Why Tanzanians are afraid of the Regional Federation

June 13, 2012 — Leave a comment

The following article by Tony Zakaria is a candid look at the socio-economic environment of the Tanzanian people. Enjoy.

Why is Tanzania so afraid of the EAC political federation? We seem to shy away from signing any significant document that commits Tanzania to a marriage with Kenya, Uganda, Rwanda and Burundi. Have we been using land and security issues as a way to hide other fears unmentionable?

Some Tanzanians fear Kenyan women for being too aggressive and well educated. Those madams drive flashy Mercedes Benz cars and have no shortage of vijisenti or spare change. Upon federation country borders will be wide open and then anything can happen. These macho gals may move over to grab available single or bonded men from the land of the Kilimanjaro to play football in Kenya like all those African football stars in Europe for Man U and C, Chelsea FC, Marseille and Real Madrid clubs. Tanzanian men are among the most handsome in Africa.

If you don’t believe me, take a fresh look at Tanzanian men today. From top bosses in government to ordinary farmers in villages they ooze with quiet charm. A little smile from Bongo men can charm an eagle chick off a tree branch in Limuru. Nairobi and Kampala ladies will not be able to resist.

So why are men in the nation of Serengeti and Zanzibar resistant to political and economic union when they could conquer the whole territory? Tanzanian gals may be among the prettiest on planet Earth alongside the Abyssinians in the former kingdom of Jah Haille Selasie but would be no match for slender necked, doe-eyed Banyarwanda mademoiselles.Bongoland women worry their men might start an African exodus to Kigali if we become the United States of East Africa.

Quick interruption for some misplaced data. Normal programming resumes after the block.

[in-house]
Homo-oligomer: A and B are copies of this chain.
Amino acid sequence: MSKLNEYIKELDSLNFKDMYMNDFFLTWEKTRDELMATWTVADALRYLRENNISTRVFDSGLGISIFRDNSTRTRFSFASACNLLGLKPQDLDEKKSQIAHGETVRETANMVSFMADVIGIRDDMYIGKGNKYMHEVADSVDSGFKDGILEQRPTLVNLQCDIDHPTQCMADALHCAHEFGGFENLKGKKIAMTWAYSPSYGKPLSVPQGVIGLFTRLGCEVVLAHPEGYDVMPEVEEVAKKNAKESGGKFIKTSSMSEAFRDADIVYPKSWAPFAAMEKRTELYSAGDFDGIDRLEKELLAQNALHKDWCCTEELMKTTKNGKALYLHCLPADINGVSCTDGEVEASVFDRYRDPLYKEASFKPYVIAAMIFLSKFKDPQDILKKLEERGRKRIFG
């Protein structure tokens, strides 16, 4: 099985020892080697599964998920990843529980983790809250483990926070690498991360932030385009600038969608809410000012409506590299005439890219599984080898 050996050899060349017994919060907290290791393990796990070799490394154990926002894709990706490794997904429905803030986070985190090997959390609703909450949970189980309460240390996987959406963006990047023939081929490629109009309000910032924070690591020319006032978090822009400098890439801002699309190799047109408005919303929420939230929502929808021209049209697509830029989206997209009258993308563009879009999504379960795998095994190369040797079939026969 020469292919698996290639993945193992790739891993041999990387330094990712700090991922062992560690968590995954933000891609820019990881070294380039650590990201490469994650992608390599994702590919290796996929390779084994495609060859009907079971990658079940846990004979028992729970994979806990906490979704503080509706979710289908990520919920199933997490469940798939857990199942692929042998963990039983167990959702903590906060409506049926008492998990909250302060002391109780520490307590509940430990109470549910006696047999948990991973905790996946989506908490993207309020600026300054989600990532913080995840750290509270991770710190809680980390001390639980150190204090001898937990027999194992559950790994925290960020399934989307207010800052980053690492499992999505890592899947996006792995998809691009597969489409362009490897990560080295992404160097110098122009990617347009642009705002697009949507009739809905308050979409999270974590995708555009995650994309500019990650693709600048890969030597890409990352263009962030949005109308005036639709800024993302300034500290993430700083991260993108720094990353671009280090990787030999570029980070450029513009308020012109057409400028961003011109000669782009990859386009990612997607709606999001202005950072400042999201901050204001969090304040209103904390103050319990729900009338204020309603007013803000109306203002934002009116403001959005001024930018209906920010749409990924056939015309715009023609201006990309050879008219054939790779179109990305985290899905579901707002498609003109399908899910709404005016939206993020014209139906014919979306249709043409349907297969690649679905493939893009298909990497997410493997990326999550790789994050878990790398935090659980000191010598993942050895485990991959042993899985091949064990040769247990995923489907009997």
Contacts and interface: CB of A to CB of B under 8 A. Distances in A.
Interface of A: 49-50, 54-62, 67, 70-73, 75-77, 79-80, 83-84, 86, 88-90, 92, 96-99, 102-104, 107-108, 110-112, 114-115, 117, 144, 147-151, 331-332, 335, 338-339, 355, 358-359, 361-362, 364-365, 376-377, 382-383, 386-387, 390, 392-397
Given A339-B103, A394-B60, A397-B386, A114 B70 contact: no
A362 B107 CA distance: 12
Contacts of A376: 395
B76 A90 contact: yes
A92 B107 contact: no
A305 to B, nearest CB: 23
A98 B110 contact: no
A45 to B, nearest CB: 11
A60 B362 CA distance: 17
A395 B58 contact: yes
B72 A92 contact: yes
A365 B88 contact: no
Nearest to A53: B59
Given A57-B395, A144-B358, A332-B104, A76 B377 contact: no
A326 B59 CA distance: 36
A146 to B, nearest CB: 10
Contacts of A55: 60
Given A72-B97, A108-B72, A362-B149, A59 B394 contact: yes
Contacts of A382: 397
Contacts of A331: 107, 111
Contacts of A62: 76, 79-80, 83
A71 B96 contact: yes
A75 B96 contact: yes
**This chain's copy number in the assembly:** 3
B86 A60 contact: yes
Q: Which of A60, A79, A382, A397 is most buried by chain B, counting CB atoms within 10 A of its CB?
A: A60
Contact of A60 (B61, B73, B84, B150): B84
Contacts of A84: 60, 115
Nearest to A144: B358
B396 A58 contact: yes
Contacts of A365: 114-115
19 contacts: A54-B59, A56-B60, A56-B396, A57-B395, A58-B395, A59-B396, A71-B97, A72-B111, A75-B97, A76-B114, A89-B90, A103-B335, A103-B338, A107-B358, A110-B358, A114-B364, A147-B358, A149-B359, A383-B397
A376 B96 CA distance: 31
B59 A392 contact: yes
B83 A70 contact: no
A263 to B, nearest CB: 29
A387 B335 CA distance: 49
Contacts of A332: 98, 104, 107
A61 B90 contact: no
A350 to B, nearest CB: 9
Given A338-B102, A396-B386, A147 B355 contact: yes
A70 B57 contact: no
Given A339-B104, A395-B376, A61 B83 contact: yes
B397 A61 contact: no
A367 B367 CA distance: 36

Surviving the 1994 genocide elevated Rwandese women to be among the strongest-willed in Africa. Tanzanian madams have enjoyed easier lives and eternal peace from womb to tomb. Can they compete effectively with Hutu and Tutsi damsels? Tanzanian madams will their wealth too; given away to those more willing to use their talents profitably.

 When borders cease to exist, Muheza and Bombo farmers will not only be losing fruits from their shambas to more enterprising Kenyan traders, they will be losing Eves, Aminas and Marias from their Garden of Eden.Nairobi will be a local bus trip away and Ketepa tea will be universally available at village markets in Bagamoyo and Kilombero at a fraction if its current cost, not a gourmet item in selected supermarkets.

Who knows what else may transpire? Investors from the current Kenya would set up factories to extract and package affordable branded juice from fruit grown in Tanga, Dodoma and Iringa. Mwanza and Dar-es-Salaam residents will enjoy Bongo flavour orange and apple juice passionately, knowing it is made in East Africa instead of Africa south of the Zambezi River.